WITH an election drawing near very rapidly, there is much talk about parties and candidates’ desire and ability to bring about change in terms of tangible differences on the ground, quantifiable improvements in the quality of citizens’ lives.
One of the basic blocks of the quality of life is education – not just access to it, but also the quality of it. Sadly enough, the rates regarding this index in Pakistan remain continuingly dismal. Last year saw a report being published by an arm of the Ministry of Federal Education and Professional Training that over 22 million of the country’s children are not in school. Those who get there, tend not to stay – from Class 1 to 10, only about 30 per cent remain enrolled.
It is difficult, then, for many to dredge up sympathy for the privileged few that have made it to school and managed to stay there – and there are just a few: according to the report cited earlier, of every eight children that aren’t in school across the world, one is in Pakistan.
Even so, at pretty much all economic levels of schooling, there are complaints of falling standards of teaching and the curriculum – even the inclusion of retrogressive material in books; the continuing dependence of schools (and by force, their customers, the students) on post-school-hour tutoring; and depending on the economic tier of the school involved, the lack of basic infrastructure such as drinking water, toilets, libraries, and playgrounds, etc.
Why feel bad, many would say, for those that are at least getting taught their counting and alphabets? Surely that is better – regardless of the insufficiencies – than not being able to attend school at all. And, those that are complaining always have the option of voting with their feet. No?
No. For an obvious reason: educational institutions across the country, irrespective of their economic brackets, function as virtual cartels that have students and their parents held hostage. I can choose to send my child to a school in the A, B or C economic bracket, where I will get charged fees running into four or five or even preposterously six figures. Or, depending on my financial resources, I can choose to obtain the service of X, Y or Z school in the economic category where fees are much lower.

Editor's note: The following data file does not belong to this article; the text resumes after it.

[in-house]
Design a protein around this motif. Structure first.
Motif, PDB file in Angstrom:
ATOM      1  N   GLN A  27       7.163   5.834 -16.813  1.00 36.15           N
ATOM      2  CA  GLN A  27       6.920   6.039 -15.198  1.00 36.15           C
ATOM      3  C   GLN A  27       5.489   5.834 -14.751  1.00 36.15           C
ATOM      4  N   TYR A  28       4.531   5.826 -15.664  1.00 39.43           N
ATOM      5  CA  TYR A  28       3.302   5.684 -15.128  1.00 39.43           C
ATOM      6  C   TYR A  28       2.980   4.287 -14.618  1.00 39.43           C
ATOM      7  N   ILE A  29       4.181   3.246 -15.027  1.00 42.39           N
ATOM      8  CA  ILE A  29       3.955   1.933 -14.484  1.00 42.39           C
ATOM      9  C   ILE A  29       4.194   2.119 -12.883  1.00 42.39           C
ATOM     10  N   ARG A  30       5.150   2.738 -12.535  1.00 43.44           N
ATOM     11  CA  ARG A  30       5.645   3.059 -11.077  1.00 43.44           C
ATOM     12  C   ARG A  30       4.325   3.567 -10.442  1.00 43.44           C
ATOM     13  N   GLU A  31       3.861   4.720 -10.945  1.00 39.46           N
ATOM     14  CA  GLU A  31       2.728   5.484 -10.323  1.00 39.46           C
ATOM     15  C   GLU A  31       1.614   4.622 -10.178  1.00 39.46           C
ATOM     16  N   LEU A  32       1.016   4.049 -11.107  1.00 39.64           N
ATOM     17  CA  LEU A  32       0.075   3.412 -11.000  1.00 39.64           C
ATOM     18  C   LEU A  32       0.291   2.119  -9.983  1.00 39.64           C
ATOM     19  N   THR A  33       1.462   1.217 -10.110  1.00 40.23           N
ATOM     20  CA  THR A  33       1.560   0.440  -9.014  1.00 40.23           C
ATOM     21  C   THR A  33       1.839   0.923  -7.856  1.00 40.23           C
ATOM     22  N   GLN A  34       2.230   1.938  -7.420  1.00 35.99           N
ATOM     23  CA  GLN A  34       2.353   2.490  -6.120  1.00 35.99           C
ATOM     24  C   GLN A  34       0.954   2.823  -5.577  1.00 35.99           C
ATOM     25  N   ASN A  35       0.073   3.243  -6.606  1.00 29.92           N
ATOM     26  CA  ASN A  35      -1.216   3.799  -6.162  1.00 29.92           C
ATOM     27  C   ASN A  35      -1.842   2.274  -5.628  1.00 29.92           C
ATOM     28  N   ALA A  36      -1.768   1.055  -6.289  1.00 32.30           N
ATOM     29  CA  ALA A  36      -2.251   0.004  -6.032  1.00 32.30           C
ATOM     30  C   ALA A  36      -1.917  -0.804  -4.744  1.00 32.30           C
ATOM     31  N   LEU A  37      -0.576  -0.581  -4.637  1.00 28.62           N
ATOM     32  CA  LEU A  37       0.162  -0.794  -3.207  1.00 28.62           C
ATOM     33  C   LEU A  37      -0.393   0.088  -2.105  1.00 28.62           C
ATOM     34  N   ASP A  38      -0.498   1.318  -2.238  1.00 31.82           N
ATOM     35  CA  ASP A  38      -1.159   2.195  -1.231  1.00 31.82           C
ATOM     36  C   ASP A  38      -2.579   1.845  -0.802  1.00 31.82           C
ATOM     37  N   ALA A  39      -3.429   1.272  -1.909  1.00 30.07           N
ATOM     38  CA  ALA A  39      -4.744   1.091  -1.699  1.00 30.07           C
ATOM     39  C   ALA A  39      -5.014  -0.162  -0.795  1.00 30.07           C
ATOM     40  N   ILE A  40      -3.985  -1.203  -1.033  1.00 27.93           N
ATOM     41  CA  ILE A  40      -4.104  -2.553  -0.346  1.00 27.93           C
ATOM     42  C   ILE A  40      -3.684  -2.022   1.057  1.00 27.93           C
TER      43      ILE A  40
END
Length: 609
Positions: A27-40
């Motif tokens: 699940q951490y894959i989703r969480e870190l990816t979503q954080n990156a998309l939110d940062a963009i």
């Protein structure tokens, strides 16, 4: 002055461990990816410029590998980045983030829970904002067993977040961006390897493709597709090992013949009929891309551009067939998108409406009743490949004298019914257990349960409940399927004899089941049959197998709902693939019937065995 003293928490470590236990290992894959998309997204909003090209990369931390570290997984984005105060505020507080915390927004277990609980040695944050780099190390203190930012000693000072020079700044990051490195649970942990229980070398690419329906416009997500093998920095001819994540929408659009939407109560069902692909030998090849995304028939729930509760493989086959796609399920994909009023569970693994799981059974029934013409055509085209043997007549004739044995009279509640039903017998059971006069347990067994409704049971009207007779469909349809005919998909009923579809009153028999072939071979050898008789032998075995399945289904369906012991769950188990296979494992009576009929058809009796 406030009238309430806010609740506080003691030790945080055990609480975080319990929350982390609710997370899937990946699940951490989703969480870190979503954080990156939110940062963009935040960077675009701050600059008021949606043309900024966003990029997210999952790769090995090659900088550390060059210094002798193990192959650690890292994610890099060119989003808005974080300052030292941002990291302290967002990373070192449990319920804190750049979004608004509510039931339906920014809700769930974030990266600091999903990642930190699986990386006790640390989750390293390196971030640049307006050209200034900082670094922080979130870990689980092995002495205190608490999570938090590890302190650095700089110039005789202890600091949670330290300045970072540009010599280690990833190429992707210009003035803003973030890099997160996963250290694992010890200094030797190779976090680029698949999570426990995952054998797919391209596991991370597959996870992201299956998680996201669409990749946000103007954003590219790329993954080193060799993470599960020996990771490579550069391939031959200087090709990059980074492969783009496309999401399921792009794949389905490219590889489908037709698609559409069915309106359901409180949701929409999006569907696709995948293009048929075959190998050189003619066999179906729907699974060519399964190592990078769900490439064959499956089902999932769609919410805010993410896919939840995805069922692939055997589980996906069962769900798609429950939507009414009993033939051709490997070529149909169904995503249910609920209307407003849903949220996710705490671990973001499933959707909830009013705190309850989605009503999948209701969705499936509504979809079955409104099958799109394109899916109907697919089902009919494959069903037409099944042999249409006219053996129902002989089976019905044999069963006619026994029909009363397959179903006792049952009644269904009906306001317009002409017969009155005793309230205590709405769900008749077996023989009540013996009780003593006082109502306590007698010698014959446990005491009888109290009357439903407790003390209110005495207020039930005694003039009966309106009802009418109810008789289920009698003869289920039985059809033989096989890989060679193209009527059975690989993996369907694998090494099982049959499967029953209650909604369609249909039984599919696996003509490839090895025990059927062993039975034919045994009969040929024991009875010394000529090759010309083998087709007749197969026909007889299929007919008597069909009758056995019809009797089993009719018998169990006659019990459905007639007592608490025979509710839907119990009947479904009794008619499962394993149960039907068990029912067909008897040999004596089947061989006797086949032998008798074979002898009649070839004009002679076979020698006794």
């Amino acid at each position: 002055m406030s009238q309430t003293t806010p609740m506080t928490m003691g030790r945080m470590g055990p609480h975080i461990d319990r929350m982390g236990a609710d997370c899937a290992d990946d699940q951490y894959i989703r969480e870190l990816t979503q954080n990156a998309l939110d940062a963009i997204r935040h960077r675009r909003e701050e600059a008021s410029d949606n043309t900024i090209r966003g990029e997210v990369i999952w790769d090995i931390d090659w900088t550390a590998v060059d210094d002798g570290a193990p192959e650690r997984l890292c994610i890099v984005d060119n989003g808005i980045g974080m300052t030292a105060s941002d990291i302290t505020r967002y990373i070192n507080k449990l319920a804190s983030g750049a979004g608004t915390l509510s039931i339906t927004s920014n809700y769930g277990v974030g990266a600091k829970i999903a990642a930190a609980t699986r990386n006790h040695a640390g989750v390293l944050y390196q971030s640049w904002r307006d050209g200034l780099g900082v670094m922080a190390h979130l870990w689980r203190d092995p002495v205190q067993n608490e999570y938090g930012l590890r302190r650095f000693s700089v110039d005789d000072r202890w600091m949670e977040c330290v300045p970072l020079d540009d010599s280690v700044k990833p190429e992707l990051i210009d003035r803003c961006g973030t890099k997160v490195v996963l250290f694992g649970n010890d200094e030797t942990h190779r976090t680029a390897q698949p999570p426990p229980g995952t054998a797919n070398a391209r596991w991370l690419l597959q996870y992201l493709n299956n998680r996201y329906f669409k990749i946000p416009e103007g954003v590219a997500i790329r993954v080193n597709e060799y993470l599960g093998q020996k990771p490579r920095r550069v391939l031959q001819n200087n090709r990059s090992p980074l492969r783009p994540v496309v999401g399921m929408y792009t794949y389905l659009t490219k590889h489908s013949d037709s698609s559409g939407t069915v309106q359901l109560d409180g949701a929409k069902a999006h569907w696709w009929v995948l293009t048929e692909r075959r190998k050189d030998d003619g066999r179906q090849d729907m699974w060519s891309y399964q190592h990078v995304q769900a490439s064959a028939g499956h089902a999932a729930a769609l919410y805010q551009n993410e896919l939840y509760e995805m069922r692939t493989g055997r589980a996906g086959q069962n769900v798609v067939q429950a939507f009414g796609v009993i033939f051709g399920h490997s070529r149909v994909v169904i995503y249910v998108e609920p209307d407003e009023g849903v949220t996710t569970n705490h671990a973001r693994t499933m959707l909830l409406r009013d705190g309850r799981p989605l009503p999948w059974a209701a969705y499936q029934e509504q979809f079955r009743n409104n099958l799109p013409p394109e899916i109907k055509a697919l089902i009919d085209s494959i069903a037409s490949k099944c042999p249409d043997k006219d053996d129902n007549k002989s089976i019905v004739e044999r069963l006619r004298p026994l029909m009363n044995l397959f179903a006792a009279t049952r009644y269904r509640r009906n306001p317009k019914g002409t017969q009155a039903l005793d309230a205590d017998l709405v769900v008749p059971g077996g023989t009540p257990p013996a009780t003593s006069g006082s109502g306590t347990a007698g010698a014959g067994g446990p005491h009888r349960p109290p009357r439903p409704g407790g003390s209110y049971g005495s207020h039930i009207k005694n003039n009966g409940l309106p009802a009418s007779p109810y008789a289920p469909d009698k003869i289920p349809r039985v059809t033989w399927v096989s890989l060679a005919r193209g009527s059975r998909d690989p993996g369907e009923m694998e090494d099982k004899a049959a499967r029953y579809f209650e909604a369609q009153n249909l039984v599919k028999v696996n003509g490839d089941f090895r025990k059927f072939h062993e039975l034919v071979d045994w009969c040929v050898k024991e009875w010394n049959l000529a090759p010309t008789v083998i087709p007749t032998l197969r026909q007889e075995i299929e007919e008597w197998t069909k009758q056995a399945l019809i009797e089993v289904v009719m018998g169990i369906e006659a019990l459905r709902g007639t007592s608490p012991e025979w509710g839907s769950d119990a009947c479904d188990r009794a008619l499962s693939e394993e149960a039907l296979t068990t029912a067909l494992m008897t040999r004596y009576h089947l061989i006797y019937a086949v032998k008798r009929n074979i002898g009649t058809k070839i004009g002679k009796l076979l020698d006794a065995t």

But, unhappy with school A or school X, my choices are hamstrung because the teaching, syllabus, infrastructure, or charging practices will be similar is schools B or C, or Y and Z. So, I can put my child (and myself) through the trauma of having to change institutions and then find that the new one is pretty much like the old one, only with a different facade. Institutions are effectively free to do as they want, because most of their competition in the same tier, if not all of it, is doing the same.
Similarly, there is the question of unwarranted and arbitrary increases in fees that became a flashpoint issue in Islamabad a couple of years ago with specific reference to one particular, expensive, chain of schools. The parents of the students enrolled here were out on the streets in protest, up in arms about how they were utterly helpless in the face of the rising expenditures demanded of them – for who, after all, would take a chance on their children’s future?
These protests sparked off a larger conversation in urban areas in particular about customers (students and parents) being held hostage to the fickle exploitations imposed on them by their service provider (educational institutions). This led to interventions on the official level: Punjab passed a law that capped the annual increase, and Sindh did similarly as a result of a petition filed in the provincial High Court. Last September, the SHC (as a result of a different but similar petition), again restrained schools from raising annual fees by higher than 5pc until settlement.
The trouble is, the fees of institutions are, like corporate salaries, divided under several different heads. This makes an easy way out available: raise the basic fee only within the stipulated band, but compensate by charging under other heads such as extra-curricular activities, teaching aids, library expenditures, or whatever. Again, this leaves customers at most economic tiers of institutions red-faced with anger, but entirely impotent.
Why this situation is so is because over the decades, the state has utterly abdicated its responsibilities regarding basic education to the private sector. The standards of government schools have plummeted, and capitalism dictates that where there is a need, the private sector rushes in – to profiteer at will.
On paper, the answer is simple: there is an urgent need to revamp the government-sector system. If those were the institutions where the rich and the powerful sent their children – maybe were bound by law to send their children – I suspect that things would improve relatively fast. But really, it all depends on whether the powers that be have any interest in the boots on the ground sort of change – the sort that has quantifiable outcomes.
The writer is an assistance editor at major newspaper and a columnist
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